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I Started Paying For News. Why and Which Ones.


Jerry's Weekly Newsletter

April 18 · Issue #15 · View online

I'm Jerry, a software engineer, YouTuber, and blogger. Every weekend I write about some thoughts, life lessons, and interesting things I came by for the week. I'd love for you to join.

Hi friends,
I’m happy to report that I got my first shot of the Pfizer vaccine on Saturday! Not too many side effects yet, other than my left arm being a little sore. However, today I did feel completely useless and unmotivated to do anything at all, so I guess that would be the most detrimental side effect that I’ve experienced.
This week, along with my journey to go from “How” to “What”, I re-examined how I consume information, specifically the news. Since this has such a big impact on the quality of my judgment, I realized I had to completely overhaul my information consumption patterns in order to become a better opportunity-identifier.
Why Free News Isn't Cutting It Anymore For Me
We live in the information age where information is dripping off of our pocket devices. There’s literally so much information that we cannot possibly hope to understand it all. So why pay for information when it’s free?
I mean, if it’s news that we want, shouldn’t I just continue using a news aggregator like Google News or Flipboard? Other than the few paywall-ed articles that they might recommend us, we’re still able to get information, right?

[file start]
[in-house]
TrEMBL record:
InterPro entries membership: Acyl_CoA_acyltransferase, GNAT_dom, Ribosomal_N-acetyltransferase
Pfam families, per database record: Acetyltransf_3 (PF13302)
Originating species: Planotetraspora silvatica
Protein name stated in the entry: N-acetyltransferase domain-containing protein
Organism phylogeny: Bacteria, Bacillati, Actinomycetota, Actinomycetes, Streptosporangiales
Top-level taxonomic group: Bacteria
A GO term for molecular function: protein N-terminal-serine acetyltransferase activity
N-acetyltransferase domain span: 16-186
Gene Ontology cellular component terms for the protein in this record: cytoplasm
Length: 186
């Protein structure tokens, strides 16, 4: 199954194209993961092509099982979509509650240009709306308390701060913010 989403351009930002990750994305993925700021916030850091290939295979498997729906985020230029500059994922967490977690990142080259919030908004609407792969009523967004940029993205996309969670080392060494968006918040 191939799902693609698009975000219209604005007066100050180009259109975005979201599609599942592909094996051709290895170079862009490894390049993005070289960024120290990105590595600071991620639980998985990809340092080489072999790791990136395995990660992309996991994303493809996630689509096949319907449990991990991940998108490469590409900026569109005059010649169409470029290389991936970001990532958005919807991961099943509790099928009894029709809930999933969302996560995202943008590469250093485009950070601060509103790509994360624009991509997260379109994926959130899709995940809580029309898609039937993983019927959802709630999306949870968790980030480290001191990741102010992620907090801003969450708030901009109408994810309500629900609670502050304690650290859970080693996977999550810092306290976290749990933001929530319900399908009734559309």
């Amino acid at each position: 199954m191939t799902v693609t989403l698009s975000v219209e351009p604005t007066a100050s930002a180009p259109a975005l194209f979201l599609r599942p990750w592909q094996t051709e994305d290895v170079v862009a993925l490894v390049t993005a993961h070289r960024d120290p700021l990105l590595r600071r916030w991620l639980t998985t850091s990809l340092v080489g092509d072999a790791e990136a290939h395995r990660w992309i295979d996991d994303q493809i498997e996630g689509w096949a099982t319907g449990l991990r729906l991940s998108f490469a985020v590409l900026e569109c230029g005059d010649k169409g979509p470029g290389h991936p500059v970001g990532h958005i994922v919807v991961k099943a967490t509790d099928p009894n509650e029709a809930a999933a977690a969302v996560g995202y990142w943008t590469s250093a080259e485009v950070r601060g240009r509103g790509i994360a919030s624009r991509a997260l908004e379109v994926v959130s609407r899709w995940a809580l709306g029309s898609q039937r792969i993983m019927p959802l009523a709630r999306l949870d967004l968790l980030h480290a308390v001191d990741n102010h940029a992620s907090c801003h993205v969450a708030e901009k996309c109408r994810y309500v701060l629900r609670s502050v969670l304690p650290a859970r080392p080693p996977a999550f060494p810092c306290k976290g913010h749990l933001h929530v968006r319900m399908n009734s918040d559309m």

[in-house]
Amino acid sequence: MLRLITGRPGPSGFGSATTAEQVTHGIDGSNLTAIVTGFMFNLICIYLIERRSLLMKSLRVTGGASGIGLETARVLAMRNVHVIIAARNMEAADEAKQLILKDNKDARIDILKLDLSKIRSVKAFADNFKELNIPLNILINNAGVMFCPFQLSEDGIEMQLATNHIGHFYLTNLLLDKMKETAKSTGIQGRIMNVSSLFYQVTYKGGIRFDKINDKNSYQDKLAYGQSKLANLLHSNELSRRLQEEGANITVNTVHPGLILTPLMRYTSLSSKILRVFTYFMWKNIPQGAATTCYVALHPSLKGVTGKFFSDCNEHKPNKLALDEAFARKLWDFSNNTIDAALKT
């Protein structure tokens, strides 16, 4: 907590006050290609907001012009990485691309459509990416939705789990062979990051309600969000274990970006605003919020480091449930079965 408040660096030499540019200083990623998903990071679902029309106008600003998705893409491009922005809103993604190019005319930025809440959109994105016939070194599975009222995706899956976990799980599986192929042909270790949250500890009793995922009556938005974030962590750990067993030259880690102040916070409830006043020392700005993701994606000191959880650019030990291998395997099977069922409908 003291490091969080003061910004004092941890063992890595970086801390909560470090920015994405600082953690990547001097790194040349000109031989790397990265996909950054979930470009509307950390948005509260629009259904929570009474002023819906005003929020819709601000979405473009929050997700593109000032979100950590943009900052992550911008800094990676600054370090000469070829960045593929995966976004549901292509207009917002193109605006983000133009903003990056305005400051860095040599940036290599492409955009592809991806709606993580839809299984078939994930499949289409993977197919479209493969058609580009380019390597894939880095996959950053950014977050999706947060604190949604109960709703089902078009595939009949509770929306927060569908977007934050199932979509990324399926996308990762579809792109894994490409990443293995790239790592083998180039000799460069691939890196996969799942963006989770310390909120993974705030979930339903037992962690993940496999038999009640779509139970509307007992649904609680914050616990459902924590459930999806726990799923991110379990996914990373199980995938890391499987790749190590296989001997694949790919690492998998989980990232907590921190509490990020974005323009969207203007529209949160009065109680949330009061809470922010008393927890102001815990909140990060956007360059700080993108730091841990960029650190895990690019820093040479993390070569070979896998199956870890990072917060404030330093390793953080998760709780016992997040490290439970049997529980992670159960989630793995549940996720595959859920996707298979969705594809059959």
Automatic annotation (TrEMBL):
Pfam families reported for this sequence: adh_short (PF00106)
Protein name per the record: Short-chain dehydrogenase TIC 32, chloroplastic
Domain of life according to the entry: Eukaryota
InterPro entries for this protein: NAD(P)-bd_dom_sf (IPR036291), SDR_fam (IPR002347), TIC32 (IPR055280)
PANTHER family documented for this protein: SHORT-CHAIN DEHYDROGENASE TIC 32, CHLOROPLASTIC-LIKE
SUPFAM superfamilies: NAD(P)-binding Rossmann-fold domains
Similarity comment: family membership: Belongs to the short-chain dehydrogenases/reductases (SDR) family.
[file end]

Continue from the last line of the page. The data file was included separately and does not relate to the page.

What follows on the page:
Re-examine what I said, and you’ll find the one word at the root of the problem: recommend. These platforms–be it news aggregators or social media feeds–are collecting our data, figuring out our preferences, feeding us only what we want and nothing else.
This causes us to be stuck in an echo chamber where we are only fed what we want to hear and consistently reinforced with those ideas. This is extremely dangerous because we lose the ability to see other perspectives. That’s how there can be two starkly different opinions on Donald Trump.
Such platforms are incentivized to do this because the more time we spend on their platform, the more they’re able to monetize off of us with ads. Welcome to the attention economy.
Now that I have your attention (not sorry for this bad joke), here are some of my motivations:
  • To break out of my echo chamber
  • To be more informed about the state of the world in general
  • To identify patterns where history rhymes (even if it doesn’t repeat)
  • To know how to verify claims made by people I know and be able to discern how biased it is
What I Look For In News
Since my time is limited, I want to get the best bang for my buck. I’m willing to spend time and money in order to get the most value, but I prefer to spend less time on the same quality of news, even if it means it costs more money (as long as it’s not unreasonable).
Factual & Unbiased
I’m looking to stay informed about the state of the world and know what’s going on. I don’t want to read narratives because that would just mean succumbing to marketing. I want factual reporting that is as unbiased as possible. Good reporting should keep opinions to a minimum since I can form my own.
I need my news sources to cover topics that I’m interested in keeping up with. For now, the list is as follows: